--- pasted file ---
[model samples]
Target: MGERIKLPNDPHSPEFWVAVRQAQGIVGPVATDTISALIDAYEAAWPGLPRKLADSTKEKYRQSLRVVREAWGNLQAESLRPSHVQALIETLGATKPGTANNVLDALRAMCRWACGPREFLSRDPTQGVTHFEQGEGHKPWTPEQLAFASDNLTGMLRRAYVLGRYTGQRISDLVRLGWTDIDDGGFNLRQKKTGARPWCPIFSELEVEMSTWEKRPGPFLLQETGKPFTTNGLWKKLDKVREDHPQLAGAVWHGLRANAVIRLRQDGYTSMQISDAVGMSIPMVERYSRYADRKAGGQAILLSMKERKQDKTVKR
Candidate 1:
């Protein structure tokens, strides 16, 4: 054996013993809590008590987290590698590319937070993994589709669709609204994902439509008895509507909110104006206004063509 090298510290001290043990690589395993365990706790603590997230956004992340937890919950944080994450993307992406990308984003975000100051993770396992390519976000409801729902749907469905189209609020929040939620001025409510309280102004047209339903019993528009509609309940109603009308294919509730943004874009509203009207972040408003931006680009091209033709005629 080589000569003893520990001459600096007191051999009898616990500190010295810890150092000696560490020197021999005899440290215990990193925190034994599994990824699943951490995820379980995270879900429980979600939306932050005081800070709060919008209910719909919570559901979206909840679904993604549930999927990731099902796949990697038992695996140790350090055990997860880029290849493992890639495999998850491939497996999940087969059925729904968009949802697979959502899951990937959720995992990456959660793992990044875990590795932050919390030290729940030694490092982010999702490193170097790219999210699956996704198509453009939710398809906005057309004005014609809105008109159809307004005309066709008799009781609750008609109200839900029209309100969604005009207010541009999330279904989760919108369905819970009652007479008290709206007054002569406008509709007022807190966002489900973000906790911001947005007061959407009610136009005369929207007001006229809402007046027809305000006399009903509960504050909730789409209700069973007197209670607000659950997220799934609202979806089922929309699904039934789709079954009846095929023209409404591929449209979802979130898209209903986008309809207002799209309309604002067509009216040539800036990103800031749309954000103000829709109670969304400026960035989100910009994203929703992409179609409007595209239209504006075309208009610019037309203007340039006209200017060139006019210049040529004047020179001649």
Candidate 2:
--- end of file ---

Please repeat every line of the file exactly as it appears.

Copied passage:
[model samples]
Target: MGERIKLPNDPHSPEFWVAVRQAQGIVGPVATDTISALIDAYEAAWPGLPRKLADSTKEKYRQSLRVVREAWGNLQAESLRPSHVQALIETLGATKPGTANNVLDALRAMCRWACGPREFLSRDPTQGVTHFEQGEGHKPWTPEQLAFASDNLTGMLRRAYVLGRYTGQRISDLVRLGWTDIDDGGFNLRQKKTGARPWCPIFSELEVEMSTWEKRPGPFLLQETGKPFTTNGLWKKLDKVREDHPQLAGAVWHGLRANAVIRLRQDGYTSMQISDAVGMSIPMVERYSRYADRKAGGQAILLSMKERKQDKTVKR
Candidate 1:
């Protein structure tokens, strides 16, 4: 054996013993809590008590987290590698590319937070993994589709669709609204994902439509008895509507909110104006206004063509 090298510290001290043990690589395993365990706790603590997230956004992340937890919950944080994450993307992406990308984003975000100051993770396992390519976000409801729902749907469905189209609020929040939620001025409510309280102004047209339903019993528009509609309940109603009308294919509730943004874009509203009207972040408003931006680009091209033709005629 080589000569003893520990001459600096007191051999009898616990500190010295810890150092000696560490020197021999005899440290215990990193925190034994599994990824699943951490995820379980995270879900429980979600939306932050005081800070709060919008209910719909919570559901979206909840679904993604549930999927990731099902796949990697038992695996140790350090055990997860880029290849493992890639495999998850491939497996999940087969059925729904968009949802697979959502899951990937959720995992990456959660793992990044875990590795932050919390030290729940030694490092982010999702490193170097790219999210699956996704198509453009939710398809906005057309004005014609809105008109159809307004005309066709008799009781609750008609109200839900029209309100969604005009207010541009999330279904989760919108369905819970009652007479008290709206007054002569406008509709007022807190966002489900973000906790911001947005007061959407009610136009005369929207007001006229809402007046027809305000006399009903509960504050909730789409209700069973007197209670607000659950997220799934609202979806089922929309699904039934789709079954009846095929023209409404591929449209979802979130898209209903986008309809207002799209309309604002067509009216040539800036990103800031749309954000103000829709109670969304400026960035989100910009994203929703992409179609409007595209239209504006075309208009610019037309203007340039006209200017060139006019210049040529004047020179001649």
Candidate 2: